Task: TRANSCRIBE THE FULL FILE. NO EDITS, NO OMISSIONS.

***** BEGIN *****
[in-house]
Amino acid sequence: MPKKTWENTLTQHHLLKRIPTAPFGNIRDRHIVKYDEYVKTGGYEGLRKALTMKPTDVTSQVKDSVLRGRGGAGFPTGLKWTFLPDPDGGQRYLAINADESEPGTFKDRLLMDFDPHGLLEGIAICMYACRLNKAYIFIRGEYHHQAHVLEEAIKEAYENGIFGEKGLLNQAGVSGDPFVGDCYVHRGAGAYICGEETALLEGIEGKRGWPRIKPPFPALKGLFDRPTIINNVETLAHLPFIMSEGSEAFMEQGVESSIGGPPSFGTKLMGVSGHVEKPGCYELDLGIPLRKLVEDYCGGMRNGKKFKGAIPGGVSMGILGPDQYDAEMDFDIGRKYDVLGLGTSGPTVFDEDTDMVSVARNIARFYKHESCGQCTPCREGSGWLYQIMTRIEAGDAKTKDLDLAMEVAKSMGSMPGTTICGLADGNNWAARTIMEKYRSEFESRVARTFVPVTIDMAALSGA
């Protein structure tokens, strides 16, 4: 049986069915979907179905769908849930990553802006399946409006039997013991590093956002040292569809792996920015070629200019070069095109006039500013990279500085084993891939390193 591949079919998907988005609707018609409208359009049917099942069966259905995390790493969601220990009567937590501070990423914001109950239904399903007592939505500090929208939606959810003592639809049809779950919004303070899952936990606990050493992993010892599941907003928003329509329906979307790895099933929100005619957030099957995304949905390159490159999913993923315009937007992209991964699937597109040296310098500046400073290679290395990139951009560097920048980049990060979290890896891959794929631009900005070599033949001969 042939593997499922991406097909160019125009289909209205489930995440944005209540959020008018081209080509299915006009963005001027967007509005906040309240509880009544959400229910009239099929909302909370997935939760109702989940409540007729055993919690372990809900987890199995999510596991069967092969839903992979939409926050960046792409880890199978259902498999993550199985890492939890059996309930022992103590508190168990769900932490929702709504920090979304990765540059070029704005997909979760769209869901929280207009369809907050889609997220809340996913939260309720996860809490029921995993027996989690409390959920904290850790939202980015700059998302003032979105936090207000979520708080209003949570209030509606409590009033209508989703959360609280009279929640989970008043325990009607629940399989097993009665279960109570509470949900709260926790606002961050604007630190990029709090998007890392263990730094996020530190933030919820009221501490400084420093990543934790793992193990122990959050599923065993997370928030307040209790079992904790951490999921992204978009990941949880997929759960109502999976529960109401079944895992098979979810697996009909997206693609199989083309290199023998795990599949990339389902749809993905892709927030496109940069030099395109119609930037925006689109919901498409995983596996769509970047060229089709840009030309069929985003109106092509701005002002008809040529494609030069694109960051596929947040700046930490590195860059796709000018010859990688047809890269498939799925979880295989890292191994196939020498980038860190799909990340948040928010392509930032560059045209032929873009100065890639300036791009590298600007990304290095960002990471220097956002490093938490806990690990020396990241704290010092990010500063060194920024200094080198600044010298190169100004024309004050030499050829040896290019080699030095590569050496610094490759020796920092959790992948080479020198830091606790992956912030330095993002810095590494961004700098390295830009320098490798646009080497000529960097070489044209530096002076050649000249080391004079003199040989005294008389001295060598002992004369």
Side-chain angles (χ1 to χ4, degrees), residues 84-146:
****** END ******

[in-house]
Amino acid sequence: MPKKTWENTLTQHHLLKRIPTAPFGNIRDRHIVKYDEYVKTGGYEGLRKALTMKPTDVTSQVKDSVLRGRGGAGFPTGLKWTFLPDPDGGQRYLAINADESEPGTFKDRLLMDFDPHGLLEGIAICMYACRLNKAYIFIRGEYHHQAHVLEEAIKEAYENGIFGEKGLLNQAGVSGDPFVGDCYVHRGAGAYICGEETALLEGIEGKRGWPRIKPPFPALKGLFDRPTIINNVETLAHLPFIMSEGSEAFMEQGVESSIGGPPSFGTKLMGVSGHVEKPGCYELDLGIPLRKLVEDYCGGMRNGKKFKGAIPGGVSMGILGPDQYDAEMDFDIGRKYDVLGLGTSGPTVFDEDTDMVSVARNIARFYKHESCGQCTPCREGSGWLYQIMTRIEAGDAKTKDLDLAMEVAKSMGSMPGTTICGLADGNNWAARTIMEKYRSEFESRVARTFVPVTIDMAALSGA
């Protein structure tokens, strides 16, 4: 049986069915979907179905769908849930990553802006399946409006039997013991590093956002040292569809792996920015070629200019070069095109006039500013990279500085084993891939390193 591949079919998907988005609707018609409208359009049917099942069966259905995390790493969601220990009567937590501070990423914001109950239904399903007592939505500090929208939606959810003592639809049809779950919004303070899952936990606990050493992993010892599941907003928003329509329906979307790895099933929100005619957030099957995304949905390159490159999913993923315009937007992209991964699937597109040296310098500046400073290679290395990139951009560097920048980049990060979290890896891959794929631009900005070599033949001969 042939593997499922991406097909160019125009289909209205489930995440944005209540959020008018081209080509299915006009963005001027967007509005906040309240509880009544959400229910009239099929909302909370997935939760109702989940409540007729055993919690372990809900987890199995999510596991069967092969839903992979939409926050960046792409880890199978259902498999993550199985890492939890059996309930022992103590508190168990769900932490929702709504920090979304990765540059070029704005997909979760769209869901929280207009369809907050889609997220809340996913939260309720996860809490029921995993027996989690409390959920904290850790939202980015700059998302003032979105936090207000979520708080209003949570209030509606409590009033209508989703959360609280009279929640989970008043325990009607629940399989097993009665279960109570509470949900709260926790606002961050604007630190990029709090998007890392263990730094996020530190933030919820009221501490400084420093990543934790793992193990122990959050599923065993997370928030307040209790079992904790951490999921992204978009990941949880997929759960109502999976529960109401079944895992098979979810697996009909997206693609199989083309290199023998795990599949990339389902749809993905892709927030496109940069030099395109119609930037925006689109919901498409995983596996769509970047060229089709840009030309069929985003109106092509701005002002008809040529494609030069694109960051596929947040700046930490590195860059796709000018010859990688047809890269498939799925979880295989890292191994196939020498980038860190799909990340948040928010392509930032560059045209032929873009100065890639300036791009590298600007990304290095960002990471220097956002490093938490806990690990020396990241704290010092990010500063060194920024200094080198600044010298190169100004024309004050030499050829040896290019080699030095590569050496610094490759020796920092959790992948080479020198830091606790992956912030330095993002810095590494961004700098390295830009320098490798646009080497000529960097070489044209530096002076050649000249080391004079003199040989005294008389001295060598002992004369």
Side-chain angles (χ1 to χ4, degrees), residues 84-146: